the experimental SIMS profiles. However, several of them are actually known from measurements

in the studied samples (microstructure) or from the literature. Thus, four parameters over five could

be set in the simulations presented in Fig. 8: l = 50 nm, = 0.5 nm [24], Dg = 3.381017 cm2 s1

[2], and Dgb = 1.11013 cm2 s1 [23]; allowing for the measurement of the fifth parameter V. We

found V ~ 6.94 0.2 eV at 800C. Furthermore, thanks to this model several diffusion conditions

could be investigated. For example, Eq. (8) could be used to describe diffusion only in the grains,

using the conventional Fick equation in GBs, and vice versa. The case of diffusion in grains only or

in GBs only could also be investigated, and the effect of different combinations of diffusion

coefficient values was studied. These investigations shown that, in our experimental conditions, P

must diffuse in the grains in order to fit the experimental profile, leading to the conclusion that P

diffusion uses the type B kinetics regime at 800C in poly-Si. Furthermore, if the P-B interaction is

taken into account in GBs only and not in grains, there is not enough matter in the GBs in order to

fit the experimental profile, meaning that the chemical attraction between P and B atoms has to be

effective both in the grains and in the GBs to match the experimental results.

impurities through the layer can be large, and consequently TJ diffusion coefficients need to be

measured in order to predict nanocrystalline materials aging. To this aim, we proposed to use a

similar method as described before, but using a 3D geometry able to consider grain, GB, and TJ

diffusion paths [9, 25]. Contrasting with the 2D simulations, the diffusion coefficients in the three

different paths cannot be measured simultaneously using 3D simulations. However, if the GB

diffusion coefficient is known, then the diffusion coefficients in grains and TJs can be measured

simultaneously. In order to minimize the calculation time, the 3D geometry of the model needs to

be as reduced as possible using the different symmetries of the structure. Figure 9a presents the top

view of the reduced 3D geometry used to model a polycrystalline layer made of squared grains in

the plan xy. Figure 9b presents the 3D geometry with a Gaussian atom distribution before

annealing, and the 3D result after annealing simulation. In this case, the grain width is 40 nm and

the film thickness is 500 nm.

138

Fig. 9. Geometry used for 3D simulations taking into account lattice, GB, and TJ

diffusion paths: (a) top view, and (b) 3D view before and after annealing

simulation.

Diffusion in nanocrystalline materials has been shown in several examples to be faster than in

microcrystalline materials [26-27]. However, the reason for this diffusion enhancement is still under

debate, and may depend upon sample nature (metals, semiconductors, pure elements or alloys) as

well as sample fabrication process (residual stress, microstructure). The Si-Ge system appears to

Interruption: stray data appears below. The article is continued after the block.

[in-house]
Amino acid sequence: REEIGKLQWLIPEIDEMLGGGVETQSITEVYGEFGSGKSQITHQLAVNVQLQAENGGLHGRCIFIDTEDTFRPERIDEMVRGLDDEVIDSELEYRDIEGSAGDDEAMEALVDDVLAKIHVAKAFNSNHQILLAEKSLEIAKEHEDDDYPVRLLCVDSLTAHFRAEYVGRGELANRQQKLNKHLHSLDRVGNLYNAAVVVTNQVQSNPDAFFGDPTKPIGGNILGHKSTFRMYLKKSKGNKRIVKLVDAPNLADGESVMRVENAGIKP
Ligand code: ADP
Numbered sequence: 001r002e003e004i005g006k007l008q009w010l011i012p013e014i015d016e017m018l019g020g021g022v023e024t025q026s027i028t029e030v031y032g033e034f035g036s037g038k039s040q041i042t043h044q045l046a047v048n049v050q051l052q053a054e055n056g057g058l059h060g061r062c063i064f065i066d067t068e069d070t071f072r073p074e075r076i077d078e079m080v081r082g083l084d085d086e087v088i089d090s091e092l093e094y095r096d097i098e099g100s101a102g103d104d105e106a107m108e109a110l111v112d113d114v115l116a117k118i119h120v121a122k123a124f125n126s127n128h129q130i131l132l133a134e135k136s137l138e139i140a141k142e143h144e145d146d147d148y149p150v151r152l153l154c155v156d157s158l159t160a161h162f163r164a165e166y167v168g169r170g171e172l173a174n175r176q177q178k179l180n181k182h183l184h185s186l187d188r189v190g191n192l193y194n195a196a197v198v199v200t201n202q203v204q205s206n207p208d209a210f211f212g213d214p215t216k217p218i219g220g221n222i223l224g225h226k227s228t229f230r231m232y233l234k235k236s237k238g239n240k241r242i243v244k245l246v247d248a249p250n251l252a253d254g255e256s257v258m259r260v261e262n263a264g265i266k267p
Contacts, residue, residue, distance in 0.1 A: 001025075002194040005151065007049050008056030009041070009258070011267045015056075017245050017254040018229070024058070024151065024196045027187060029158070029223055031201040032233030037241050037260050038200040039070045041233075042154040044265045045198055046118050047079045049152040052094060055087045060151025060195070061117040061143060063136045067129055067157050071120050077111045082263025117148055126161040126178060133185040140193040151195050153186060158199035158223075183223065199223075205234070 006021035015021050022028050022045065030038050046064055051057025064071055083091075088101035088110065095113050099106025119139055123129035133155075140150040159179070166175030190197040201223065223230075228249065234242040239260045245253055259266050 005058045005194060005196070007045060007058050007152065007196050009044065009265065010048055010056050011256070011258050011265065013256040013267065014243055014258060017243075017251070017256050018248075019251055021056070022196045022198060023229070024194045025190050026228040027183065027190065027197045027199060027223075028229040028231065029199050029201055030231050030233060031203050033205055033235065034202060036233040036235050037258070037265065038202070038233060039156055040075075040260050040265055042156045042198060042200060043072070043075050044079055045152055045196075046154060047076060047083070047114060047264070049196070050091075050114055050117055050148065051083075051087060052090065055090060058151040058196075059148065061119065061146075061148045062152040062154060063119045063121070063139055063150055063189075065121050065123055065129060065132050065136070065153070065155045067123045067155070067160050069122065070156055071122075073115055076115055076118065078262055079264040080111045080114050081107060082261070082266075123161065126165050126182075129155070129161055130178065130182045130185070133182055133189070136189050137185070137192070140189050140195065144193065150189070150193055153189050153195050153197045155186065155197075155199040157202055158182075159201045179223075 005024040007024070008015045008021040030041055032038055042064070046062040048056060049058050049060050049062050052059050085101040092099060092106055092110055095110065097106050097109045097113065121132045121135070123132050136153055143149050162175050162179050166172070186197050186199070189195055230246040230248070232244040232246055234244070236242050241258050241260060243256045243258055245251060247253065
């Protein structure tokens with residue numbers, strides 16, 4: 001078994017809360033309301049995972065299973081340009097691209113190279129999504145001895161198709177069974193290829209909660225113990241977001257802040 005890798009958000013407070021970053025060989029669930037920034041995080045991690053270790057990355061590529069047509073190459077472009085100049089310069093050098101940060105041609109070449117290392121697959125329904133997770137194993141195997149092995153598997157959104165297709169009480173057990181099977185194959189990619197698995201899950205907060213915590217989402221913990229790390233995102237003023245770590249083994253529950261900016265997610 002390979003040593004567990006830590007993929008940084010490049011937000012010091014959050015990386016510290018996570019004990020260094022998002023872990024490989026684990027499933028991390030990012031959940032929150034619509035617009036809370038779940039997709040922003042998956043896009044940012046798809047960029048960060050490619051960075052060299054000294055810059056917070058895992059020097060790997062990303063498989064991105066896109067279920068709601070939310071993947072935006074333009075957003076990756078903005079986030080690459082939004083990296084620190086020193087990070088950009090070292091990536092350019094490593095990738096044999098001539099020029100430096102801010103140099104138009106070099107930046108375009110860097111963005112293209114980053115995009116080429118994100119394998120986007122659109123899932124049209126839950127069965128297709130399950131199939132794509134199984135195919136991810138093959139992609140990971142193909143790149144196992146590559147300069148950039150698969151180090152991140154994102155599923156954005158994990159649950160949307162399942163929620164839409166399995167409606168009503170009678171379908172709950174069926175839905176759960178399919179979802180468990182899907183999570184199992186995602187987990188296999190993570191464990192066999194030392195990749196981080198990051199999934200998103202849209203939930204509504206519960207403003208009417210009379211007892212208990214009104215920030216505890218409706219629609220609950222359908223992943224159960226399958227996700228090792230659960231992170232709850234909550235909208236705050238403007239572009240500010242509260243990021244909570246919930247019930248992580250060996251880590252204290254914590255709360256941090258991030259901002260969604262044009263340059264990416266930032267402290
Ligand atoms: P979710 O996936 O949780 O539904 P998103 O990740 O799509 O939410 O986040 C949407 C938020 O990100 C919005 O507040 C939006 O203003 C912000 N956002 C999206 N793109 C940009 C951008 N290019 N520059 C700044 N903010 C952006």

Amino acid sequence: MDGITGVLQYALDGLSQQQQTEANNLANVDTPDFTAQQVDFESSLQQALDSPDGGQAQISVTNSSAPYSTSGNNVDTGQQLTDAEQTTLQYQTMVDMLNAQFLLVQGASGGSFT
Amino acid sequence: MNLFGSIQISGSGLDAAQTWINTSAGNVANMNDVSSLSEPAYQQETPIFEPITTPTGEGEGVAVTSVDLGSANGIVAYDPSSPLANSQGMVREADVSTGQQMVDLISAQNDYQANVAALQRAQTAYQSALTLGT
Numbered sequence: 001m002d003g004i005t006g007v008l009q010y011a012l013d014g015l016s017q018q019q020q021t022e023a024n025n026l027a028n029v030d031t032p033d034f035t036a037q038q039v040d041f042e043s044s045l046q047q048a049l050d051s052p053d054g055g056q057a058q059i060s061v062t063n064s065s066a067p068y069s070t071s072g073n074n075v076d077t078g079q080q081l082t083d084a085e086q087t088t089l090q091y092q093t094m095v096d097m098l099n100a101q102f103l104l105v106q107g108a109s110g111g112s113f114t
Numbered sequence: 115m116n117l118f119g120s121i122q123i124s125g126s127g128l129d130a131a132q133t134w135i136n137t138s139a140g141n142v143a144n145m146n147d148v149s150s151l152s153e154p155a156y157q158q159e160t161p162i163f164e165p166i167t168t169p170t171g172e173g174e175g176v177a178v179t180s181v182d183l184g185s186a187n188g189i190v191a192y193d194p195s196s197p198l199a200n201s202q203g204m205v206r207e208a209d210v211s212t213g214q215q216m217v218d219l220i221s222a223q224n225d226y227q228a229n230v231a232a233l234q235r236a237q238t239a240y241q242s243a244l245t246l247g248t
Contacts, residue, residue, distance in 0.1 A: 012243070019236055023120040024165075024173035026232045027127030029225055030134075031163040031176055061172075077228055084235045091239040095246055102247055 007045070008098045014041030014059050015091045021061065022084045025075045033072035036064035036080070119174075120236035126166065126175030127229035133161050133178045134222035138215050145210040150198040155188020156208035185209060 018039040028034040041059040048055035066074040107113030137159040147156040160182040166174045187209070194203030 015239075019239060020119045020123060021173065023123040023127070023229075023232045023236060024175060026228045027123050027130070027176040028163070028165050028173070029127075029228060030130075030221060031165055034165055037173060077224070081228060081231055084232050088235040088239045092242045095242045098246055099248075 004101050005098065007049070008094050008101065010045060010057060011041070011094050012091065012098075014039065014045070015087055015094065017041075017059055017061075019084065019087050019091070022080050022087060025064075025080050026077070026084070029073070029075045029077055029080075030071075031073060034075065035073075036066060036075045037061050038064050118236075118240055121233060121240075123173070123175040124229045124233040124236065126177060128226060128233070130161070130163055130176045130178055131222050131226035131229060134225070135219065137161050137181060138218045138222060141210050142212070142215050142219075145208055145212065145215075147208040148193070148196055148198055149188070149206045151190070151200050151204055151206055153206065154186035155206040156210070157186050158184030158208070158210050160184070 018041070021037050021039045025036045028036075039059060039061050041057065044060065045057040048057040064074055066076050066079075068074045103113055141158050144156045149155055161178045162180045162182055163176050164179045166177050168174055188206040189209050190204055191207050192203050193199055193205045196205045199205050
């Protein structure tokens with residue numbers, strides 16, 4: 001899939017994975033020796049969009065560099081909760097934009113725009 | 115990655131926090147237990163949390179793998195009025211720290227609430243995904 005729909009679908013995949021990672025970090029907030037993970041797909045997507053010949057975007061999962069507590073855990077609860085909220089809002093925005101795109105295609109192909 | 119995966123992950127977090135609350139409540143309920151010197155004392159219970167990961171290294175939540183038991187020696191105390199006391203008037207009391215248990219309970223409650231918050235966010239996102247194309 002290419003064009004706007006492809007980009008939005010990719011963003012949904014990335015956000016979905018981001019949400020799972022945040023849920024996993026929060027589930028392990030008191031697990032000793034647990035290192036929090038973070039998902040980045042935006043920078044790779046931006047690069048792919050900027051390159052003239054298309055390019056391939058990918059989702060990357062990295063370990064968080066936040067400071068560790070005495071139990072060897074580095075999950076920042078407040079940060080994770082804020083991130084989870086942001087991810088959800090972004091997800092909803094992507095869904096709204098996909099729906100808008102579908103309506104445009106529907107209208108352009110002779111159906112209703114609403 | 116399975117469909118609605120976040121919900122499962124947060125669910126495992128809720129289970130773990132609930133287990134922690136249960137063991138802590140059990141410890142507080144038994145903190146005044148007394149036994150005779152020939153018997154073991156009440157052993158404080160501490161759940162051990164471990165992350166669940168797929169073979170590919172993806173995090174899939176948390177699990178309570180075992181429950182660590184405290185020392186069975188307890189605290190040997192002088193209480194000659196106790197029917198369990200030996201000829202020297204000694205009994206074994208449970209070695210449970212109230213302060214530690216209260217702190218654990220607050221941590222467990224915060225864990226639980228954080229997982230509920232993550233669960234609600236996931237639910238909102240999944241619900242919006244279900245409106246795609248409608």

be an ideal system to investigate diffusion in nanocrystalline layers. Si nanocrystalline layers can be

produced by chemical vapour deposition with a high purity and no residual stress. Furthermore, Ge

and Si are totally miscible, Ge segregation in Si GBs is negligible, and Ge uses the same vacancy

mechanism to diffuse in Si up to 1000C.

simulations without TJs (open circles) or 3D simulations with a constant diffusion coefficient in

TJs (solid circles): (a) Ge lattice diffusion in 40 nm-wide Si grains compared with Ge lattice

diffusion in mono-Si (broken lines), and (b) Ge diffusion in nano-GBs compared with Ge

diffusion in micro-GBs (broken lines).

139

polycrystalline Si layer made of 40 nm-wide grains using either a 2D model without considering

TJs (open circles) or using a 3D model with TJs (solid circles) [25, 28]. For the 3D simulations, the

TJ diffusion coefficient was kept constant and equal to 109 cm2 s1, which is about 103 times lower

than the Si surface diffusion coefficient in our temperature range. The coefficients are compared

with Ge lattice diffusion in Si bulk (broken lines [29-30]) and Ge diffusion in Si micro-GBs [28].

With or without considering TJ diffusion, the diffusion coefficients measured in the nano-grains are

found to be about one order of magnitude faster than in the Si single crystal (Fig. 10a). About the

same diffusion coefficient is found in the two cases with nano-Dg = 1.97104 exp(2.92eV/kT)

cm2 s1 in the grains.

poly-Si layer using 3D simulations.

With the 2D model, the nano-GB diffusion coefficients are found to be about 10 times higher than

the micro-GB coefficients. With the 3D geometry, despite that the TJ diffusion coefficient is kept

constant for all the different temperatures, one can note that the nano-GB coefficients are found to

be close to the values of Ge diffusion in micro-GBs, which is in agreement with experimental

measurements performed in different materials, showing that diffusion in nano-GBs is actually

similar to diffusion in micro-GBs [31]. Consequently, using a 2D geometry, the GB diffusion in

nanocrystalline layers can be overestimated due to the contribution of TJ diffusion, depending on